Saturday, January 25, 2014

My Post-Processing for Blogging Purposes

I have been receiving many requests to share my workflow for post-processing which I have used for the photographs shown in this blog. I know I can ramble on and on with long descriptions, then it hit me life would be so much simpler if I can just create a screen video capture and just show it here! 




From the video screen capture, you will find that:

1) I use Olympus Viewer 3 to convert Olympus RAW images (.orf files) to JPEG.
My main reasons for using Olympus Viewer 3 is to fully obtain the original Olympus JPEG files, preserving the signature colors (which I think is the best, very true to life and pleasing to the eyes in comparison to any other camera manufacturers). On the other hand, the Olympus JPEG engine is so efficient in pulling out every bit of details from the image, doing a much better job than other softwares I have encountered. I have toyed around with Lightroom and Photoshop and just could not obtain that amazing Olympus skin tone and colors, as well as the amazing fine details. 

2) I made very slight adjustments to the exposure compensation, white balance, gradation and noise filter when necessary.
For example, if the image is underexposed, I will add exposure compensation until I get the balanced image. If the image was shot at high ISO setting (ISO3200) I will use the noise filter "standard". 

3) I use Snapseed (PC Desktop version) to enhance my Black and White images. 
I find the "drama" setting and "high Contrast B&W" to work wonders. 

4) I use ACDsee7 with Powerpack to further fine tune the images, very slightly, mostly on contrast, and minor color tweaks. 

5) I use Picasa mainly as a tool to manage my photographs, and quickly resize in a batch and upload to Google+ which is fully integrated with my blogging platform, the Google's Blogger. 
It is easy to synchronize everything when you use multiple services under the same mother service provider, as you can evidently see from this blog entry, I use Blogger, Picasa, Google+ (online albums and photo hosting) and Youtube, all under Google. 

6) The images were already resized BEFORE upload. 
This step is extremely crucial, NEVER upload the original full size image for blog display. In the video, you will see that initially I uploaded the full resolution images and it took very long to upload, and is a waste of time and online resources. For blog display, I resize my images to 1200 width, and with the already resized images, I uploaded them and displayed in full, without allowing the photo-hosting site to further resize or recompress my images. This way I get to maintain the exact quality as I have processed from my computer with minimal (if none at all) digital degradation as displayed on my blog. 

7) Speed and efficiency are my priorities
Normally when I come home from a shutter therapy session, it would only take me about an hour to off-load my images from the memory card (it helps if you have a fast card and an USB 3.0 capable card reader), select the best 10-20 images and fully post-process them and have all ready for upload and blog use. Add about another half an hour for me to compose (perhaps an hour if I have a longer blog body) my blog, I can have my blog entry updated within 2 hours, or even one hour if it was a short one. After all, I believe a hot bowl of noodle soup is meant to be served while still hot.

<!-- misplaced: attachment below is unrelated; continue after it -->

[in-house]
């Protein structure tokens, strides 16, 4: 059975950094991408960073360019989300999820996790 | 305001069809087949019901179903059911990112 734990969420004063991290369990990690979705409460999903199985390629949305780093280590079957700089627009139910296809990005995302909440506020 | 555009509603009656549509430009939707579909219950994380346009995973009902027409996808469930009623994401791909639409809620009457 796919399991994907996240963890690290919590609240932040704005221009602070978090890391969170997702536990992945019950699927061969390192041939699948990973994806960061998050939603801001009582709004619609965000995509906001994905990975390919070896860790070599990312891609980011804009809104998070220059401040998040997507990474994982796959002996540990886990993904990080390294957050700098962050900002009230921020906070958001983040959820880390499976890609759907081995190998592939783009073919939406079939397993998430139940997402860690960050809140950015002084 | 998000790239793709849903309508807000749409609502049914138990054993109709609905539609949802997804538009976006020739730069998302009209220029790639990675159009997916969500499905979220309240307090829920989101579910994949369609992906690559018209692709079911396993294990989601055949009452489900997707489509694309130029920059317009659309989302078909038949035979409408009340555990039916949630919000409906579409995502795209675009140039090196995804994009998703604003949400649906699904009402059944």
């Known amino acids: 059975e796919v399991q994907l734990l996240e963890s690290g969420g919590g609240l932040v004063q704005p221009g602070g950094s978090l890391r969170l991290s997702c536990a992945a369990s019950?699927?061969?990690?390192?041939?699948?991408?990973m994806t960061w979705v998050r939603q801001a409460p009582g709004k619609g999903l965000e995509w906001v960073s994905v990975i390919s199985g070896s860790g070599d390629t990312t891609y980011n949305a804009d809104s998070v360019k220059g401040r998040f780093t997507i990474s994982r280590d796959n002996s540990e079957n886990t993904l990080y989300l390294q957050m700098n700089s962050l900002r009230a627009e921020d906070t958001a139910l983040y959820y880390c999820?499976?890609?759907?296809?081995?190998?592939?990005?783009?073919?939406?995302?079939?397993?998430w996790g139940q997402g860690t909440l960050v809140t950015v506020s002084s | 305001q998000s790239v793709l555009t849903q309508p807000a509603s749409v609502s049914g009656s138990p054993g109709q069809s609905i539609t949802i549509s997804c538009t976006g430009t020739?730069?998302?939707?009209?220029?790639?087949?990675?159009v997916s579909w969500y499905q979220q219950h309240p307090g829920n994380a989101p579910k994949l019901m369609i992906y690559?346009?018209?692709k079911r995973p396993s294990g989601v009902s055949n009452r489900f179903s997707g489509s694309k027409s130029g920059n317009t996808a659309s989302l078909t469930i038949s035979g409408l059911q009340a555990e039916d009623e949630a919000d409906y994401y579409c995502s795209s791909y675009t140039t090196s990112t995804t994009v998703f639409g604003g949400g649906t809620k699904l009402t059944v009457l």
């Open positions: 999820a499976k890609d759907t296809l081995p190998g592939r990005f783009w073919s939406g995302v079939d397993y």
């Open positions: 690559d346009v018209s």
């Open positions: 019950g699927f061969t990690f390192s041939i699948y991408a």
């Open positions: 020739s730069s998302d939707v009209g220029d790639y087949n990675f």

8) Those images are NOT for prints
Obviously. The way I process my images were only to be used for web display. They are quick, and very easy to do with minimal steps. I only do correction when necessary. I do not spend half an hour editing one photograph. I would rather spend most of my time out there shooting instead. 


Going Bananas

Rounds

Portrait of a stranger 1

Very Young

Portrait of a Stranger 2

Do bear in mind that these are my own post-processing methods and steps that work for me, and are by no means the "correct" or "recommended" way to process your images. Do more research, experiment by shooting more and processing your images and find the best workflow that is optimized for yourself. 


35 comments :

  1. Robin, thanks for sharing! Nice and sharp photos! I feel the images are different when using the Olympus Viewer compared with Lightroom as well.

    ReplyDelete
    Replies
    1. Yeap, it is definitely better with the Olympus Viewer 3!

      Delete
  2. Beautiful pieces. Thank you for this guide. I've been working recently on photo clean-up for my own pictures and every little bit helps.

    ReplyDelete
  3. Interesting to see " how you do it". For me it's Aperture and Nik software, altough I might give Olympus viewer a chance again

    ReplyDelete
    Replies
    1. Hey Jos, no worries on whichever software chosen or used. As long as it works for you and your workflow and it gets you the results you seek.

      Delete
  4. Robin,
    Many thanks for the very helpful tutorial.
    SiewKS

    ReplyDelete
    Replies
    1. No worries, glad to be able to share.

      Delete
  5. Thanks for the tutorial! Out of curiosity. Why not use Picasa for the small "adjustments" instead for ACDSee? Any drawback with Picassa's processing?

    ReplyDelete
    Replies